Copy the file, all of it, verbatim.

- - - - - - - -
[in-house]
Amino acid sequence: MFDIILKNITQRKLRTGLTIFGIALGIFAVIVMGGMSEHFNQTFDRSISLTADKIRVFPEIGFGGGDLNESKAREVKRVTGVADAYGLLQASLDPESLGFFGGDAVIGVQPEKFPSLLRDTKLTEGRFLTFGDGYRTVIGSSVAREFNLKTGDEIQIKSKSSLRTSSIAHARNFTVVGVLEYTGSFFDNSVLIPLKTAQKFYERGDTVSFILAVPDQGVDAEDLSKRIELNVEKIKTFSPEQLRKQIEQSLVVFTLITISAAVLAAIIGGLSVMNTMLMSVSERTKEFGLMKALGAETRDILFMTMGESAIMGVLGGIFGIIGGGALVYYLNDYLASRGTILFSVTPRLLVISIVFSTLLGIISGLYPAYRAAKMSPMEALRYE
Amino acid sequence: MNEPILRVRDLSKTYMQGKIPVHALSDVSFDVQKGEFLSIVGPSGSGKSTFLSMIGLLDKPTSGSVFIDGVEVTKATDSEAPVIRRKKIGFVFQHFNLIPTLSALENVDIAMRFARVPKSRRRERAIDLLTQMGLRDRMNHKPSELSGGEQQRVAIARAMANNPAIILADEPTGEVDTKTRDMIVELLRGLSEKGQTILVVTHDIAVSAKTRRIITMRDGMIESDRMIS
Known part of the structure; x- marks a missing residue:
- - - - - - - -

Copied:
[in-house]
Amino acid sequence: MFDIILKNITQRKLRTGLTIFGIALGIFAVIVMGGMSEHFNQTFDRSISLTADKIRVFPEIGFGGGDLNESKAREVKRVTGVADAYGLLQASLDPESLGFFGGDAVIGVQPEKFPSLLRDTKLTEGRFLTFGDGYRTVIGSSVAREFNLKTGDEIQIKSKSSLRTSSIAHARNFTVVGVLEYTGSFFDNSVLIPLKTAQKFYERGDTVSFILAVPDQGVDAEDLSKRIELNVEKIKTFSPEQLRKQIEQSLVVFTLITISAAVLAAIIGGLSVMNTMLMSVSERTKEFGLMKALGAETRDILFMTMGESAIMGVLGGIFGIIGGGALVYYLNDYLASRGTILFSVTPRLLVISIVFSTLLGIISGLYPAYRAAKMSPMEALRYE
Amino acid sequence: MNEPILRVRDLSKTYMQGKIPVHALSDVSFDVQKGEFLSIVGPSGSGKSTFLSMIGLLDKPTSGSVFIDGVEVTKATDSEAPVIRRKKIGFVFQHFNLIPTLSALENVDIAMRFARVPKSRRRERAIDLLTQMGLRDRMNHKPSELSGGEQQRVAIARAMANNPAIILADEPTGEVDTKTRDMIVELLRGLSEKGQTILVVTHDIAVSAKTRRIITMRDGMIESDRMIS
Known part of the structure; x- marks a missing residue: